Alternatively, if the economy continues to chug along, and the market continues to place value on market share and growth over profits, then it’s within reason to believe that many unicorns operating deep in the red today will
survive thrive long enough on those laurels before eventually attaining profitability. Amazon is one often-used example of a company that successfully navigated this path, and whose early investors were patient enough to ride along on the journey.
There is an old saying on Wall Street: financial markets are driven by two powerful emotions – greed and fear. Investors in this market environment appear to be demonstrating a healthy dose of greed, as many seem keen on chasing down the “next Amazon.” However, it’s important to remember that, even in an era where profits seem to be largely absent in the IPO market, there must be an inflection point when a company swings to profitability. If a company doesn’t have an actionable plan to reach that goal in a defined period of time, then it probably shouldn’t be considered a long-term play through the prism of Wall Street. Those companies might last as long in the public markets as many of tech companies did in the late 1990s and early 2000s during a strikingly similar cascade of IPOs – i.e. as long as a snap.* Then again, they could become the next trillion-dollar company. Imagine that.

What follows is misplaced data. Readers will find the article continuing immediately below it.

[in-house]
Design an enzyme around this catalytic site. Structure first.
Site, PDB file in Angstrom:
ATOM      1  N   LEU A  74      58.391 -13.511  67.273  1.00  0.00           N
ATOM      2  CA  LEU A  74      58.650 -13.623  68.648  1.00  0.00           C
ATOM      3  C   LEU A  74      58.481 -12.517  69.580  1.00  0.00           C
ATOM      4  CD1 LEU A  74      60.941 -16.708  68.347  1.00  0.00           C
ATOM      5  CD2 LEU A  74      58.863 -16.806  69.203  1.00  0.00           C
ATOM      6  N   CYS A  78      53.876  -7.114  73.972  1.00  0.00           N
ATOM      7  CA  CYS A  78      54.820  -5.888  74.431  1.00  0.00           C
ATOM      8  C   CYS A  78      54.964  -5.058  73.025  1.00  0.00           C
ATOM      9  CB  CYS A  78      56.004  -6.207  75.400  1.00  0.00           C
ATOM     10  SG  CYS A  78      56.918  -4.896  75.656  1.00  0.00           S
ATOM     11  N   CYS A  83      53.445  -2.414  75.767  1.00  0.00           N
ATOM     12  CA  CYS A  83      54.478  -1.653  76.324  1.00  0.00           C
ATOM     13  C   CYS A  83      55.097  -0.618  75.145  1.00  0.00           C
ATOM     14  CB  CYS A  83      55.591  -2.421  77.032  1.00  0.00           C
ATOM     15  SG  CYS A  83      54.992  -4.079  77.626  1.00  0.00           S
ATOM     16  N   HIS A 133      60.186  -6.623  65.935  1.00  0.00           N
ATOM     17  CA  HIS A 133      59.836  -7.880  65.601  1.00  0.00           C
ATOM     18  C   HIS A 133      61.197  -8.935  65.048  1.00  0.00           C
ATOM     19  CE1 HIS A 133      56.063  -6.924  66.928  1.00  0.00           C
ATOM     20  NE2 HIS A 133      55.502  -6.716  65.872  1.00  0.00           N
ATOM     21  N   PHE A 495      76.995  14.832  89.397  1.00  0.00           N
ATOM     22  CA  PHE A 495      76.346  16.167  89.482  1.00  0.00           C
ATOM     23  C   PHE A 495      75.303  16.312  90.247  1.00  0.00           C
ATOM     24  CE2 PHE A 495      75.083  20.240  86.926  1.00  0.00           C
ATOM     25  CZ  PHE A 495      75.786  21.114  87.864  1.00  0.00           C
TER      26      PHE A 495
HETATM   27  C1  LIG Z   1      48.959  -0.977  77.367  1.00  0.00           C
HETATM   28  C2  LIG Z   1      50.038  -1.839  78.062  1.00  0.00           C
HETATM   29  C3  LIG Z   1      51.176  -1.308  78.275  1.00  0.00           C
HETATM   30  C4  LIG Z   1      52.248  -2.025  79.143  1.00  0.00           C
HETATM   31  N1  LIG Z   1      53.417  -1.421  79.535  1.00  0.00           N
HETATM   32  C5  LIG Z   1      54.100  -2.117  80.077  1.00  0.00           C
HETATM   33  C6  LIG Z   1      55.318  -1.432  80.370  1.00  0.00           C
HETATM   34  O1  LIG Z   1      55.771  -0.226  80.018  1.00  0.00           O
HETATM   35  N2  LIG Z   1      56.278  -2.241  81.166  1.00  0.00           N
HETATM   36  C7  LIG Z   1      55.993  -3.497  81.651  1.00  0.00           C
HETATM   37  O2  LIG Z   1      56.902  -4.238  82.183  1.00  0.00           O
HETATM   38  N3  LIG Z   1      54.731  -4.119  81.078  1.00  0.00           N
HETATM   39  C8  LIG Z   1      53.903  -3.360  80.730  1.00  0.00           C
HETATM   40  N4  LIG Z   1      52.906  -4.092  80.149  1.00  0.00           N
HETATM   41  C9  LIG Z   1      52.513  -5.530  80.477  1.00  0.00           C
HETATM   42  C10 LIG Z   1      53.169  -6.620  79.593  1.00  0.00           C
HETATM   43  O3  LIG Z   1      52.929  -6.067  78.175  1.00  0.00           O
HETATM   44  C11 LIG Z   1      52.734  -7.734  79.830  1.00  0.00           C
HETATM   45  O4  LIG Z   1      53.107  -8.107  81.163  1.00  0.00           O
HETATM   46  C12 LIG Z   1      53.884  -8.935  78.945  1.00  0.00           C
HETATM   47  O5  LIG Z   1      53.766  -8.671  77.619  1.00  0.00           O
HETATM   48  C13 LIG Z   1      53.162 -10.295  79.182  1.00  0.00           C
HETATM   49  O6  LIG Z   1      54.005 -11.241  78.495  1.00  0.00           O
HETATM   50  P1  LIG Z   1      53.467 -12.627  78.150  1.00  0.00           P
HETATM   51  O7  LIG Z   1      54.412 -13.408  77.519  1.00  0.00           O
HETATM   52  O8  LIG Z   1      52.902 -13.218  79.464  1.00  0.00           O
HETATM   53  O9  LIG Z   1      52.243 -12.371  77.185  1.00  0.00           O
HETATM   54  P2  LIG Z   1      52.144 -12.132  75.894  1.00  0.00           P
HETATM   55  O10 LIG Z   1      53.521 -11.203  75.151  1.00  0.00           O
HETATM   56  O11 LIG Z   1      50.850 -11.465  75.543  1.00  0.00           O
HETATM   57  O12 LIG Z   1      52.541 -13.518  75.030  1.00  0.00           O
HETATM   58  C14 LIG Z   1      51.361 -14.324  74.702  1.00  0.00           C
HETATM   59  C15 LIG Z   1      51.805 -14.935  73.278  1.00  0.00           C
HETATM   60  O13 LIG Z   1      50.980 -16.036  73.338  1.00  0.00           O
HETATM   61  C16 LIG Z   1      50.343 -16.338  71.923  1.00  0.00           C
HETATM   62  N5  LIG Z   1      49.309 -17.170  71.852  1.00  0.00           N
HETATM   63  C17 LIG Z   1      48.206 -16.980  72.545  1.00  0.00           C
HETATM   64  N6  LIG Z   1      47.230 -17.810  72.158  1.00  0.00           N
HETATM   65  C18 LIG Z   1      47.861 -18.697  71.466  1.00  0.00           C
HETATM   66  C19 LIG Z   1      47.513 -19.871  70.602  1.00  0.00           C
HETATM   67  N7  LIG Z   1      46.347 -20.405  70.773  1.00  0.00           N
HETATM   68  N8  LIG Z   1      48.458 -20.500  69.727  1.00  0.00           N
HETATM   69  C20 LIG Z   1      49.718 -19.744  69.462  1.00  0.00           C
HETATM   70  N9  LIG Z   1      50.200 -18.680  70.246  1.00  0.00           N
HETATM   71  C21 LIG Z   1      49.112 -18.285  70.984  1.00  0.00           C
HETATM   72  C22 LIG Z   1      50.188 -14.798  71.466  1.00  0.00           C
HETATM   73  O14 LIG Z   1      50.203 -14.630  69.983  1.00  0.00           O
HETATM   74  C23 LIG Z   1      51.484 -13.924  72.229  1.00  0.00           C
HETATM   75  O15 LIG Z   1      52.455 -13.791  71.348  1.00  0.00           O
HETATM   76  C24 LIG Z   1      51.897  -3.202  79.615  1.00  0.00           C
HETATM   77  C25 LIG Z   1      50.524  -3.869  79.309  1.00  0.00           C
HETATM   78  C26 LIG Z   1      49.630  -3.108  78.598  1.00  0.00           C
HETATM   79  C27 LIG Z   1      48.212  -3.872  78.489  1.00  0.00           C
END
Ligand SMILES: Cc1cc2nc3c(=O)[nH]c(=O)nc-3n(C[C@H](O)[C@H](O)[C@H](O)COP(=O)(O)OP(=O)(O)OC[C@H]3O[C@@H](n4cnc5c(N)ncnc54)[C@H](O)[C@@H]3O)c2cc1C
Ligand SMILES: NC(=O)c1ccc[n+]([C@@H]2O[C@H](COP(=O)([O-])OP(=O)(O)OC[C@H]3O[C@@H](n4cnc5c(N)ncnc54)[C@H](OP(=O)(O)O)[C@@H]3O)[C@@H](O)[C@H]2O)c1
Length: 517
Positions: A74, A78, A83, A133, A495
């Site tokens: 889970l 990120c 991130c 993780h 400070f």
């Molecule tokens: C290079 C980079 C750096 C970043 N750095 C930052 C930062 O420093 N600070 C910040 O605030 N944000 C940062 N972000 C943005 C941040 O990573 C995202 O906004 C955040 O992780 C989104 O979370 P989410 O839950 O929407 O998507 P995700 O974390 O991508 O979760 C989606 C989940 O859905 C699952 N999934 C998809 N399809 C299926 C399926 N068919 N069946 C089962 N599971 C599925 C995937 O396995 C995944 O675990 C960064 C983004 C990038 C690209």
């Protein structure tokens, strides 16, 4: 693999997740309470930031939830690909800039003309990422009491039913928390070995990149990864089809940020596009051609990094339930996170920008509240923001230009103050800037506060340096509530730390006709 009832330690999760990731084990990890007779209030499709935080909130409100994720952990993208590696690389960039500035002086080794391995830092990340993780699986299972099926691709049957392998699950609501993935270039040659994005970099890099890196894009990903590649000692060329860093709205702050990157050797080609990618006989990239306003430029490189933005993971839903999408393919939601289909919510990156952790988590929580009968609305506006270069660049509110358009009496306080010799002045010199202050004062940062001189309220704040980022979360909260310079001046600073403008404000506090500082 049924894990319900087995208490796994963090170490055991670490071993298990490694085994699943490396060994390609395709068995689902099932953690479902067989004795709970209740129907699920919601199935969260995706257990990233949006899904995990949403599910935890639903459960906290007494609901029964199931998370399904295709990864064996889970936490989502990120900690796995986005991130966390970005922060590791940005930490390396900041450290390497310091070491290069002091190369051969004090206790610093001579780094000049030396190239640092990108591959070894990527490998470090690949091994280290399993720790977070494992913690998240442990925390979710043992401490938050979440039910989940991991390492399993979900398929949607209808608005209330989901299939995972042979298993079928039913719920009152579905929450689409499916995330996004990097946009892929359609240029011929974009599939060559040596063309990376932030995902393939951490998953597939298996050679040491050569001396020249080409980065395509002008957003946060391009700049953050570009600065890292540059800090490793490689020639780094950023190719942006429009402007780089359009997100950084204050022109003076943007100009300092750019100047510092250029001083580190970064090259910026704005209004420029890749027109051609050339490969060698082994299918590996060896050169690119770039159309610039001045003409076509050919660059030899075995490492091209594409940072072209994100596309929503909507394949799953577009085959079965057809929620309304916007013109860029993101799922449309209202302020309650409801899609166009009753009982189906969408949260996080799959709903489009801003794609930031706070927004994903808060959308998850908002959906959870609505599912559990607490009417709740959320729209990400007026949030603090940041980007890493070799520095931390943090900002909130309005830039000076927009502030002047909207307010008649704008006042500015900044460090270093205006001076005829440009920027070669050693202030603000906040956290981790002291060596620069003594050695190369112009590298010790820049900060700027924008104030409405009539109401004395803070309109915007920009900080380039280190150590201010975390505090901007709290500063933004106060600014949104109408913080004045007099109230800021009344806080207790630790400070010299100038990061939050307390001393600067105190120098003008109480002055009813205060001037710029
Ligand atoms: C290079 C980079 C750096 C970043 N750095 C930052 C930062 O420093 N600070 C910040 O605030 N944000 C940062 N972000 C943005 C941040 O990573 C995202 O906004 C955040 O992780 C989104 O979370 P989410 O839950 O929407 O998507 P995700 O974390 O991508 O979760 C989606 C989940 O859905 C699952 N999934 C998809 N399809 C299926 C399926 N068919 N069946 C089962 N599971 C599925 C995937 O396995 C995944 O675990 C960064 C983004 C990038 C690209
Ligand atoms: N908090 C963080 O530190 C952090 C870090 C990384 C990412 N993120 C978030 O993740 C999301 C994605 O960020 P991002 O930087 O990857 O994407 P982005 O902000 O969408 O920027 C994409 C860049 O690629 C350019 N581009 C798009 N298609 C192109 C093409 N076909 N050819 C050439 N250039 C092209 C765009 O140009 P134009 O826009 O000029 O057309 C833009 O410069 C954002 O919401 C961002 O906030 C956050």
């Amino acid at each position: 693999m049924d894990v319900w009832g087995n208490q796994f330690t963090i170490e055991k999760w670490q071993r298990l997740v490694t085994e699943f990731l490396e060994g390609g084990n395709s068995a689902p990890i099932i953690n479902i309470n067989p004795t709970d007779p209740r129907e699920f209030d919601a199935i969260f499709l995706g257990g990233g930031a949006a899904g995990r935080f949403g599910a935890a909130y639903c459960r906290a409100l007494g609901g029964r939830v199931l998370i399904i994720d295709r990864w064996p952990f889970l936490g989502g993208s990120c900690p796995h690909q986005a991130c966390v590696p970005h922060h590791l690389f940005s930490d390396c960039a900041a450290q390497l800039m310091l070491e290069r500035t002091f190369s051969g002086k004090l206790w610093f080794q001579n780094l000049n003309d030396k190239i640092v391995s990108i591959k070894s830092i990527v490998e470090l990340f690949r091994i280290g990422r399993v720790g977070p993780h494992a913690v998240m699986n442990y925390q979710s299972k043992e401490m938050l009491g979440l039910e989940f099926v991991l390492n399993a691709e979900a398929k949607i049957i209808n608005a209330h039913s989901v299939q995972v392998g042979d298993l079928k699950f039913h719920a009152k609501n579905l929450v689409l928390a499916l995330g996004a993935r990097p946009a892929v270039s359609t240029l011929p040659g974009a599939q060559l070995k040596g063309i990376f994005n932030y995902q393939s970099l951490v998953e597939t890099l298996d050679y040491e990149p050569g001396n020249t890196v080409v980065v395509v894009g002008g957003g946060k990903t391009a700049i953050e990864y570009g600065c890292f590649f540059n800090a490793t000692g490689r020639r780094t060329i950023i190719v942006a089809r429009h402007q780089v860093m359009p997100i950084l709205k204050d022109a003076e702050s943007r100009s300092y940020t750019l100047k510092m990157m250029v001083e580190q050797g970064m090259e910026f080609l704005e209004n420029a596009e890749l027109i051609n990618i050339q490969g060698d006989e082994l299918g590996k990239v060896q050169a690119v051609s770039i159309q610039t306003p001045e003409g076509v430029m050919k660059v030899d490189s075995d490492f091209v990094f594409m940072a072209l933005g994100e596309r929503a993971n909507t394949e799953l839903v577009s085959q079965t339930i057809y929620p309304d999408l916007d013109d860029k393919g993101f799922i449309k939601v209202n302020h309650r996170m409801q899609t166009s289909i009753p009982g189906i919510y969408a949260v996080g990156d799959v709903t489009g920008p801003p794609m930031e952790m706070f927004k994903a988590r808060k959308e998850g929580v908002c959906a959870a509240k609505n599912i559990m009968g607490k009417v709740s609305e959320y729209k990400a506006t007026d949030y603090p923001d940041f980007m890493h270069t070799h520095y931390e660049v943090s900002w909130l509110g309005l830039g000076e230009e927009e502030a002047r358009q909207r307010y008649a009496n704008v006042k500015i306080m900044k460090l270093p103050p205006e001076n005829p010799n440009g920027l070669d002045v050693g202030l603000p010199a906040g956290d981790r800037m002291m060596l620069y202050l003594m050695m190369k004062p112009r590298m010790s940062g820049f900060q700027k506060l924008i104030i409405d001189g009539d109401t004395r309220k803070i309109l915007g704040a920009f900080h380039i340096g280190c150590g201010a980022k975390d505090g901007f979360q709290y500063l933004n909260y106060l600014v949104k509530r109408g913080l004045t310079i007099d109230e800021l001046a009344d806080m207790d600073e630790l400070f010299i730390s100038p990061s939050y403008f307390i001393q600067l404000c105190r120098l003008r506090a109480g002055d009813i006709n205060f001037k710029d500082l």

*See recent comments by the CEO of a company with that very name.
IPOs TO WATCH IN 2019
As the IPO market heats up in 2019, there are several noteworthy companies worth keeping an eye on. We have provided details on four of these unicorns below (sorted from highest to lowest current valuation).
DISCLOSURE: Securities highlighted or discussed in this communication are mentioned for illustrative purposes only and are not a recommendation for these securities. Evergreen actively manages client portfolios and securities discussed in this communication may or may not be held in such portfolios at any given time. Please see important disclosure following this article.
Primary Business Offering: Mobility and delivery services
Year founded: 2009
Current Valuation: $72 billion
Expected Timing of IPO: Within next four weeks
About the company:
- Uber launched as an on-demand ride-hailing service but has since expanded its business offerings to micro-mobility, such as bikes and scooters, and operates a food delivery business called Uber Eats.
- Uber is also attempting to penetrate the global shipping industry through a program called Uber Freight and is working to launch a driverless car service.
- Uber’s main competitors in the ride-hailing industry are Lyft, Curb, and Wingz. (Oh yeah, and taxi cabs.)
- Uber’s main competitors in the food delivery service industry are GrubHub and Caviar.
- In 2018, Uber reported revenue of $11.3 billion (up 43% over the previous year).
- The company reported $1 billion in net income last year thanks to the sale of some operations in Russia and Asia; however, it posted an operating loss of $3 billion.
Company: The We Company (WeWork)
Primary Business Offering: Coworking-space provider
Year founded: 2010
Current Valuation: $47 billion
Expected Timing of IPO: Sometime in 2019
About the Company:
- WeWork is the largest network of coworking spaces in the world.
- The company’s primary business model is leasing office space, and then subleasing the same office space to other businesses.